Title:
Boat hull
United States Patent 5016552


Abstract:
A boat hull having inner ribs and outer chines interconnected by an inverted V-shaped planer surface and with the ribs and outer chines being pronounced at both sides of the stern of the hull and gradually disappearing as they converge and form strakes extending towards the bow of the hull. With the keel of the hull as level, the outer chines extend downwardly from the hull to be below the outermost extremities of the ribs.



Inventors:
Ludlow, Roy S. (3045 West 2100 S., Salt Lake City, UT, 84104)
Application Number:
07/152879
Publication Date:
05/21/1991
Filing Date:
02/05/1988
Assignee:
LUDLOW; ROY S.
Primary Class:
Other Classes:
114/290, 114/355, D12/314
International Classes:
B63B1/04; (IPC1-7): B63B1/32
Field of Search:
114/56, 114/290, 114/288, 114/62, 114/355
View Patent Images:
US Patent References:
4813365Double deadrise with multiple reflex chine boat hull structure and engine mounting system1989-03-21Lindstrom et al.114/56
4702188Bottom structure of a boat1987-10-27Harilainen114/56
4672905Boat hull with center V-hull and sponsons1987-06-16Pipkorn114/290
4478166Boat1984-10-23Sorensen114/290
4392448Ski boat1983-07-12Shirley114/56
4348972Multipurpose trimaran1982-09-14Parsons114/56
4004542Waterjet propelled planing hull1977-01-25Holmes114/56
3902445Air-cushioned planing hull1975-09-02Stolk114/62
3330239Boat hull with tunneled v-bottom1967-07-11Dornak114/56
3226739Boat hull construction1966-01-04Noe114/56
3077172Boat hull1963-02-12Dornak114/62
1050517N/A1913-01-14Chase114/290



Foreign References:
JP0226389October, 1986114/56
JPS61226389A1986-10-08
Primary Examiner:
BRAHAN, THOMAS J
Attorney, Agent or Firm:
M. REID RUSSELL (261 EAST 300 SOUTH SUITE 300, SALT LAKE CITY, UT, 84111, US)
Claims:
I claim:

1. A boat hull comprising, a stern; a pair of spaced apart sidewalls extending from the stern and converging to meet at a bow; a keel interconnecting the bow and the stern; a chine formed at a lowermost edge of each sidewall; a rib formed inwardly from each sidewall adjacent the stern and intermediate the keel and the chine formed on said sidewall and extending forwardly from the stern and merging into strakes that extend to proximate the bow; said chines for their full lengths, extend downwardly from each sidewall below the lower most extremities of said ribs when the keel is placed on level with said chines merging into strakes that extend to proximate the bow; and the surfaces between which chines and ribs are each an inverted V-shaped planar surface.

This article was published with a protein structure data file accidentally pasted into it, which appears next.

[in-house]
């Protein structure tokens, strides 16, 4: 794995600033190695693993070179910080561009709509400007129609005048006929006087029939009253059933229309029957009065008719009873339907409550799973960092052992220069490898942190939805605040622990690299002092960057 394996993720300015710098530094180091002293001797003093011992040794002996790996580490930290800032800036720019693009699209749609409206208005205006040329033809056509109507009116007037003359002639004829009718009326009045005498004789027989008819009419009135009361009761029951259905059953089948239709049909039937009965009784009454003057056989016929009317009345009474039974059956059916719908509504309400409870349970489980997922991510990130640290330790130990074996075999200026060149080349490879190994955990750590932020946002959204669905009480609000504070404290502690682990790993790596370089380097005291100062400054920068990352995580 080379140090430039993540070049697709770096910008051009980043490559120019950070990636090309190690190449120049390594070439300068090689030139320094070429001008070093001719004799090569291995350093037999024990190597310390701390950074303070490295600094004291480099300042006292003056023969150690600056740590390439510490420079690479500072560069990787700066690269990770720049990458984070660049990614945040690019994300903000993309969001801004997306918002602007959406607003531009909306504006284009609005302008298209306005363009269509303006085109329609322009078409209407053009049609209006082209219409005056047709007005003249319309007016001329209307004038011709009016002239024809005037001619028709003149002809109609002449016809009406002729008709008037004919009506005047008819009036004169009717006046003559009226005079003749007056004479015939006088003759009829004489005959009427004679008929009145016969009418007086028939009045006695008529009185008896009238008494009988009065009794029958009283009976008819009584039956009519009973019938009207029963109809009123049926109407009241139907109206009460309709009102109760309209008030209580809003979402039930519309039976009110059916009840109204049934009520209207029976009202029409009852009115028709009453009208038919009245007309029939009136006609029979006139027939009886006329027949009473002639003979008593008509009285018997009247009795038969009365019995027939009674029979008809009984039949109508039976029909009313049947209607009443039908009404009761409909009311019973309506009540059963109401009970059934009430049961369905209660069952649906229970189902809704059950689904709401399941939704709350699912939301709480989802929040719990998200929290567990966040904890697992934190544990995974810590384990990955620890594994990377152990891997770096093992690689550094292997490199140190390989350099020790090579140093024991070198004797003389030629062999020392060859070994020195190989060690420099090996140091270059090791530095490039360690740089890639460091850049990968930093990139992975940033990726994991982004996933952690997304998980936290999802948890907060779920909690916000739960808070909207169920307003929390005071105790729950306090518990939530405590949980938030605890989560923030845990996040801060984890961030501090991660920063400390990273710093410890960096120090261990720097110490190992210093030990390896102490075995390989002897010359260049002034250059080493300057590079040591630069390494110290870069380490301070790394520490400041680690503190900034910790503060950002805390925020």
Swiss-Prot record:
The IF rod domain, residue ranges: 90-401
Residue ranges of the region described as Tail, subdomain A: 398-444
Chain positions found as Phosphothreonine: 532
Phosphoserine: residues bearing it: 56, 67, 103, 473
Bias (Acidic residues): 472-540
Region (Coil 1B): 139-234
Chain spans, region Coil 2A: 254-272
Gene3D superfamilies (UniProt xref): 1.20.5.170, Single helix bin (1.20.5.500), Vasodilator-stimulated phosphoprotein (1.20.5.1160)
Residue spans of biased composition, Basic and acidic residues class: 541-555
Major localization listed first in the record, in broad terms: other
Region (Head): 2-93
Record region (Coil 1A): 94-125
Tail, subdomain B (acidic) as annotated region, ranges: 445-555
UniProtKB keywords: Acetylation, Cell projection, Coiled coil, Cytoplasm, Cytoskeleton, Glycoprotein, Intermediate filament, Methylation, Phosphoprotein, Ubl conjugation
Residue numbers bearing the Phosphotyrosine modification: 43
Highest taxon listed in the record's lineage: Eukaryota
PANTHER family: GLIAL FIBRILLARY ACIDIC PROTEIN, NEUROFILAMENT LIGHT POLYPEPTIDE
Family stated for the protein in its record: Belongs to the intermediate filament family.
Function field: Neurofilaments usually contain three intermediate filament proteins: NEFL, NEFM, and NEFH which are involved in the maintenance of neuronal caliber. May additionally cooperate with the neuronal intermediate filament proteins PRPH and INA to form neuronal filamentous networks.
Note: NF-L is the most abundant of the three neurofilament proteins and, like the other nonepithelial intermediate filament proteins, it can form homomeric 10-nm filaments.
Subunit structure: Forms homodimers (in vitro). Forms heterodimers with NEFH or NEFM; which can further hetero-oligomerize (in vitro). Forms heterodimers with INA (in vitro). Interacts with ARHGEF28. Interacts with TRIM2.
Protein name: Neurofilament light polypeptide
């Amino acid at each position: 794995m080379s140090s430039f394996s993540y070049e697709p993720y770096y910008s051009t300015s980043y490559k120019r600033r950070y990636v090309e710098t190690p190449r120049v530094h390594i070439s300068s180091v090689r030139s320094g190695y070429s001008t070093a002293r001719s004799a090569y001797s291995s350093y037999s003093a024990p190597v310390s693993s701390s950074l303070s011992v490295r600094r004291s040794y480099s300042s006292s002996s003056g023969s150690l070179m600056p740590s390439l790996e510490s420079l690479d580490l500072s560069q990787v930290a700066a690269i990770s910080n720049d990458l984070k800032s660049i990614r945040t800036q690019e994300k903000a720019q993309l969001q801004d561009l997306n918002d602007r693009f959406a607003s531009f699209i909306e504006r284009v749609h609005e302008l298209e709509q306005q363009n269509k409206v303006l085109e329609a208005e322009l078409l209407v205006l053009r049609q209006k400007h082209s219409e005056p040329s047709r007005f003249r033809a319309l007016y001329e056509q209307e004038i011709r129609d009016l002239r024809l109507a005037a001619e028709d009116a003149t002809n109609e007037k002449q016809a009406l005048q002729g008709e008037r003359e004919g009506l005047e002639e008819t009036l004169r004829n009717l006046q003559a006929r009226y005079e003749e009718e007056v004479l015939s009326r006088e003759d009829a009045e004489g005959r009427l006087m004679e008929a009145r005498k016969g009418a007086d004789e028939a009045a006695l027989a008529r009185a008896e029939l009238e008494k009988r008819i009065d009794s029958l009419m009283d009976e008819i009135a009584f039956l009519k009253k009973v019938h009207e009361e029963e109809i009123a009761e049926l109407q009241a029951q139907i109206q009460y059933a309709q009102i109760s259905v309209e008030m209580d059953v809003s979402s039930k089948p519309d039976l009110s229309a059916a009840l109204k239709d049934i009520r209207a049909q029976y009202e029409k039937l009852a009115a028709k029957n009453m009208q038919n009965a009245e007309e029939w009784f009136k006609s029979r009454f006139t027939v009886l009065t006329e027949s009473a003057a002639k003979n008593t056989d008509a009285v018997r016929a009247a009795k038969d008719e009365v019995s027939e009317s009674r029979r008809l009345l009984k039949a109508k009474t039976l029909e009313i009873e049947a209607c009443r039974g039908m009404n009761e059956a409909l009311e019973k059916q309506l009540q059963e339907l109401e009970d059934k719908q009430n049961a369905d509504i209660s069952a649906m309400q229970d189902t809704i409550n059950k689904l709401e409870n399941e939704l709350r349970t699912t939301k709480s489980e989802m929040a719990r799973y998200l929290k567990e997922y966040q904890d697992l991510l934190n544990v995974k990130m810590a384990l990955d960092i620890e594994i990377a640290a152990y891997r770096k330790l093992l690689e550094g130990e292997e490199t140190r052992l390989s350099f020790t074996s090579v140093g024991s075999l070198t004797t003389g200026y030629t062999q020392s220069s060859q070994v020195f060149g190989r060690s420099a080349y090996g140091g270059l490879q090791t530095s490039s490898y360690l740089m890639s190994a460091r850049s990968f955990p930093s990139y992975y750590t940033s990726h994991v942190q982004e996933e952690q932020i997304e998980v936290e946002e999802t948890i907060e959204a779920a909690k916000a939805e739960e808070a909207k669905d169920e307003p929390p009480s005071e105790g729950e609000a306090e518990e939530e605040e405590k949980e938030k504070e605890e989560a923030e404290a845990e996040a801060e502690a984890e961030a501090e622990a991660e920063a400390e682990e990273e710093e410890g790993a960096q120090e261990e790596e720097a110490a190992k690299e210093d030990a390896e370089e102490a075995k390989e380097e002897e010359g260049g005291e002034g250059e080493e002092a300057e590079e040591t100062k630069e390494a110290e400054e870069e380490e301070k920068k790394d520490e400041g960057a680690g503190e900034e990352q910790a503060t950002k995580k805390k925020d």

Description:

BRIEF DESCRIPTION OF THE INVENTION

1. Field of the Invention

This invention relates to boat hulls and particularly to hulls used on smaller type pleasure craft in the sixteen to forty foot centerline categories.

2. Prior Art

A great many hull constructions have been proposed for boats, and particularly for pleasure boats having centerline dimensions of between sixteen and forty feet in length. Because of the riding and handling characteristics it exhibits even in rough water and because of its ability to plane reasonably quickly when starting and to maintain plane reasonably well even at low speeds, the V-hull has long been one of the most popular designs for the hulls of boats in the specified size range.

Tri-hull designs have also enjoyed some degree of popularity, generally because of the stability they exhibit even when the loads they carry, i.e., people and goods, are shifting from side-to-side. The tri-hull generally is more stable in response to changing loads than is the V-hull and also in response to quick turns. However, the tri-hull while fairly effective at quickly planing, when started, and of maintaining plane, is generally subject to serious bouncing, even in moderately rough water, and does not steer well in even moderately rough water.

Tunnel hulls have also been used on pleasure type watercraft of the sizes under consideration. These hulls are considered advantageous in supporting the craft on plane and generally provide good stability in response to load changes within the craft. They are generally relatively slow to achieve plane.